DSCN7287

October 23, 2014 Posted by | Age of the Earth, Around the Web, Christianity, Old-Earth creationism, Science Education, Theistic evolution, Young-Earth creationism | , , , , | 16 Comments

Natural Bridge Falls

DSCN6983

My favorite waterfall in Montana is Natural Bridge Falls, located on the Boulder River, south of Big Timber. At high water—such as in this photo taken this spring—some of the water flows over the top of the cliff, while a considerable part of the flow comes out of caves in the side of the cliff. Later in a dry summer and into the fall and winter, the flow is restricted to the caves. On the right side of the photo, you can see where the river flows into what appears to be a rather large room of a collapsed cave. The Boulder River likely flowed through this cavern before it collapsed. Shortly around the corner to the right, the river disappears into a rubble of limestone boulders, also partly the product of cavern collapse.

The caverns, waterfall, and downstream canyon are all in limestones of the Mississippian Madison Group.

The waterfall is about thirty minutes south of Big Timber, and has a paved trail with interpretive signs. There are also dirt paths that go along the river and down to the plunge pool. Also of geological interest in the area are some excellent exposures of the Stillwater Complex, one of the world’s most famous layered intrusions. I brought home a beautiful piece of anorthosite for my rock garden.

July 3, 2014 Posted by | Geology, Montana | , | Leave a comment

Around the web 7/4/2014 — Science curricula, ichthyosaurs, and antipodes

A promising alternative for science in Christian schools and home schools? — Christian educators generally have had two choices when looking for secondary-level science curricula — young-Earth creationist material or secular curriculum packages. When I was a high school science teacher, I always opted for the secular. It was much easier to integrate biblical principles into the “secular” textbook than to undo all of the really bad science (and some pretty questionable biblical interpretation) found in the YEC materials. I just stumbled across a link to Novare Science and Math. Here’s what they say about the age of the Earth:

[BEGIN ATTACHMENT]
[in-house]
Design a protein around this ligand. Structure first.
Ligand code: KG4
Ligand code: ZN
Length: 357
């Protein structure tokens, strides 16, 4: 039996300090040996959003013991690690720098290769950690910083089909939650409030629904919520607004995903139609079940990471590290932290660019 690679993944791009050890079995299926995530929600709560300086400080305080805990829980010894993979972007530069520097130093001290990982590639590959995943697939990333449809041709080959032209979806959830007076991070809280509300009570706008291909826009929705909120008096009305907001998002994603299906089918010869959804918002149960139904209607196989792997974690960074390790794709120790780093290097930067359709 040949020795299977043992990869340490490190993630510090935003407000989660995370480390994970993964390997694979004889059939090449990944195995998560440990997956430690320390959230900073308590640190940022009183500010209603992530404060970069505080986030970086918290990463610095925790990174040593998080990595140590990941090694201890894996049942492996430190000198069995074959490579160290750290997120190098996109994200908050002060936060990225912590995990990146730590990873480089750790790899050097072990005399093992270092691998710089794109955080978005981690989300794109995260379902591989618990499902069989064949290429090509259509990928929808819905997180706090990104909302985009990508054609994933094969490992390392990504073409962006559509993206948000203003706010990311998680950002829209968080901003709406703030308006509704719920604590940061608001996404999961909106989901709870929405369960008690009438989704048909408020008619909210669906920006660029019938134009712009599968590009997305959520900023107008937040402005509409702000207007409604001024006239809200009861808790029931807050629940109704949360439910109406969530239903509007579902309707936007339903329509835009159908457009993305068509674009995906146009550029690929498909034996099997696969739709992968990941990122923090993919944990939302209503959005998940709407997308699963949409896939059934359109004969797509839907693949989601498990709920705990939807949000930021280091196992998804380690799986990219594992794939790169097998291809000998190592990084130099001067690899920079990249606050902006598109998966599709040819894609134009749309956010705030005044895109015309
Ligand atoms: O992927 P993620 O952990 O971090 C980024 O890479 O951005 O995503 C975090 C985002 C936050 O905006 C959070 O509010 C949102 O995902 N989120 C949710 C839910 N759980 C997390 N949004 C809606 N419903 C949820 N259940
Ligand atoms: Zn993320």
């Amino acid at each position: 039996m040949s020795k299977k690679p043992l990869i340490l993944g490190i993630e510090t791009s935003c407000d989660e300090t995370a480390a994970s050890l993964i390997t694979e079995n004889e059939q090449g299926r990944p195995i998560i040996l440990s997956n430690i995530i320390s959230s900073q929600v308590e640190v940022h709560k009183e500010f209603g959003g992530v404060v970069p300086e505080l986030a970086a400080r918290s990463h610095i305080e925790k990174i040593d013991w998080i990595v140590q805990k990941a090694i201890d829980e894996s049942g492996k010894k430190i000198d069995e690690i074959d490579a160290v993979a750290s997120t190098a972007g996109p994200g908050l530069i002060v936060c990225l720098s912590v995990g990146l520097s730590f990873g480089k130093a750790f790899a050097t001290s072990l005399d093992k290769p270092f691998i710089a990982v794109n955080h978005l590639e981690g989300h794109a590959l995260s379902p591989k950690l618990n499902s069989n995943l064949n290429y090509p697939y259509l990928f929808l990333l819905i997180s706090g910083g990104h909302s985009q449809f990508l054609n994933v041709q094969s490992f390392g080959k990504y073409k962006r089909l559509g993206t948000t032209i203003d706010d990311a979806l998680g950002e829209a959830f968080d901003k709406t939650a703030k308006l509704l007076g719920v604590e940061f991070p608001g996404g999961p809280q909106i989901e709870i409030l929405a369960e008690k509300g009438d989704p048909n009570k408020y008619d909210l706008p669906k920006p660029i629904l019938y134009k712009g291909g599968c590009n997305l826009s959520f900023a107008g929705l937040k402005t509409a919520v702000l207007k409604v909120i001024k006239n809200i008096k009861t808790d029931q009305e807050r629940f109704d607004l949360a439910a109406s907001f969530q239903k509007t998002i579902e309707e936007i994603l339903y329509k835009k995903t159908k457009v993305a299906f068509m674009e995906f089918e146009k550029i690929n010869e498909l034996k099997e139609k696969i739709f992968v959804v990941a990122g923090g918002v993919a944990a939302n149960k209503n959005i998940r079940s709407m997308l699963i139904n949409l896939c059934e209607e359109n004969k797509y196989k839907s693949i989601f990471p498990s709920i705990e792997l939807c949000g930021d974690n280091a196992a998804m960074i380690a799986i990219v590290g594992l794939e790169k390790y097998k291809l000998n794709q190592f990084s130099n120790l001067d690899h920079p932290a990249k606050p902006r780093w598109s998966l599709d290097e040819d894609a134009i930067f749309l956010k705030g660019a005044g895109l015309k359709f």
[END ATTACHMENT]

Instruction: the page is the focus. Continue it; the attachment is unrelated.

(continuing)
Finally, virtually every Christian science textbook publisher is overtly committed to an agenda of rejecting mainstream scientific evidence pertaining to the age of the earth. For both Biblical and scientific reasons, we believe it is time to put this debate behind us. We find the literalistic model of an earth approximately 10,000 years old to be not only not necessitated by the soundest principles of Biblical exegesis, but to be in conflict with the “other book” of God’s revelation: the creation itself. From Psalm 19 and other passages we believe the creation reveals the glory of the Lord. Since scripture and creation both come from the same God, they cannot be in conflict. And when both are rightly understood, they won’t.

Does anyone know anything about Novare?

Icthyosaurs eat YEC arguments for breakfast — Naturalis Historia blog has had a consistent stream of great articles. For example, in When Marine Reptiles Ruled the Sea: Huge Ichthyosaur Fossil Find and the Age of Reptiles, biology professor Joel Duff outlines the serious problems young-Earth creationists have with Mesozoic marine reptiles, such as ichthyosaurs and plesiosaurs. Marine reptiles had similar ecological niches as do Cenozoic cetaceans (whales and dolphins), but the two are never found together. Cetaceans have never been found in Mesozoic strata, and the large marine reptiles have never been found in Cenozoic strata. If the standard YEC attempts to explain the nature of the fossil record were valid, one would expect some mixing of these organisms to occur in the fossil record. YECs try to explain the order in which fossils occur in the geologic column with a combination of differential mobility and ecological zonation, but these processes completely fail to explain why marine reptiles are always stratigraphically lower than cetaceans, and why the two are never found together. An even greater difficulty is that it is not just individual organisms that must remain sorted during the flood, but entire ecosystems.

The problem with YEC is biblical as well as scientific — Here’s a good 30-minute presentation on why young-Earth creationism is not Biblical: